There's no coffee-table book quite like The Jewish World: 365 Days, published by the incomparable Abrams publishing house, which has given the world some of its most beautiful art books. First, there is the volume's shape, which is shared by all the other "365 Days" titles from the publisher. It measures 91/2×61/2 inches, which makes it wider than it is tall, and is a full 21/2 inches thick.
Within this unconventional format, each two-page spread is given over to a single item taken from the various collections that fill the Israel Museum in Jerusalem, another incomparable institution. These artifacts include the Dead Sea scrolls, antique calendar boxes that keep track of counting the Omer and a multitude of vintage photographs from the early years of Israeli statehood. The left-hand page is devoted to the information about the item – its dimensions, the materials used to create it, the date of its composition. On the right is the item itself, captured in crisp, bright photos on thick, plush paper.
Take, for example, the wimpel that dates from mid-19th century Germany. A wimpel was a Torah binder made from the linen spread upon which a child was circumcised. The cloth was then cut into pieces and sewn together again to form a long strip that was either painted or embroidered with the names of the boy and his father, the boy's birth date, and a portion of the blessing used in the circumcision ceremony: "To the Torah, to the marriage canopy and a life of good deeds." In this particular example, we are told that "the Jewish folk artist humorously intermingled the Hebrew scripts with the illustrations."
The materials used were watercolors on linen, and the detail is particularly fanciful and delicately executed, with a wonderful sense of color and design. But none of this obvious artistry overwhelms the simplicity of the pattern.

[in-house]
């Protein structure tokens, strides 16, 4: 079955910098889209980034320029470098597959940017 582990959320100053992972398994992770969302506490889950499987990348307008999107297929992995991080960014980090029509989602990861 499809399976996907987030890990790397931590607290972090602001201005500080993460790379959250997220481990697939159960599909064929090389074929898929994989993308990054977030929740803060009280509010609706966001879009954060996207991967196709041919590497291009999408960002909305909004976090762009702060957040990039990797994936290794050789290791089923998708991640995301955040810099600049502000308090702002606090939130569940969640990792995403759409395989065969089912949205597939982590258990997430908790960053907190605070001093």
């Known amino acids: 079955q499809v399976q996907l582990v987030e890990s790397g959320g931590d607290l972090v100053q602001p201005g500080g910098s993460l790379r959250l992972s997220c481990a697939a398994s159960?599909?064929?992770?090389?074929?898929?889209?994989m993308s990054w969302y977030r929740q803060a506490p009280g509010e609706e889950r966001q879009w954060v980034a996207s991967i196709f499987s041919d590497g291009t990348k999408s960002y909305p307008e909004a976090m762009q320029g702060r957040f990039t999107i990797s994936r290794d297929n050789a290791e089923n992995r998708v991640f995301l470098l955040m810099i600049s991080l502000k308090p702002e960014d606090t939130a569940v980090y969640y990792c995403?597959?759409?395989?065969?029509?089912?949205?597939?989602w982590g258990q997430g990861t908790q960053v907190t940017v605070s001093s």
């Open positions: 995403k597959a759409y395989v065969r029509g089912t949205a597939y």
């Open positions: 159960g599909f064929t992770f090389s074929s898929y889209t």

Or there's the evocative landscape, "A Passing Cloud," by pioneering Israeli artist Anna Tico, drawn with charcoal and pastels on paper in 1975, five years before her death. According to the accompanying text, Tico was housebound late in life, and had to draw her landscapes of the Jerusalem hills from memory. "In this wintry drawing Tico portrays the dark shadow of a cloud on the ground as it passes by. The demarcation of the cloud is clear, creating a swath of dark scrub while the hillside on either side is of a much lighter hue. The charcoal and pastel were applied quickly, creating a turbulence of lines and color, fitting to such a stormy day."
Or take the photo titled "Praying Minhah at Kfar Etsion, 1947," the work of Dr. Jacob Rosner, who was born in 1902, immigrated to Israel in 1936, and died within three years of snapping the shutter and capturing this image. The photo shows a minyan of nine farmers and one watchman standing on a rocky hilltop praying, according to the photographer's testimony, "for a safe, healthy life and bountiful crops." Drawn together for the afternoon prayers, they beseeched God to "Bless this year unto us, together with every kind of the produce thereof, for our welfare; give a blessing upon the face of the earth."
This is one of those black-and-white images that – in its shading and tonality – is achingly beautiful. If, in fact, the picture had been more artfully rendered, its deep effect would have been undercut immeasurably.
Another 362 images are crammed into this abundant compilation, each a testament to the rich bounty found in the Israel Museum, one of the world's great treasure troves of art and culture.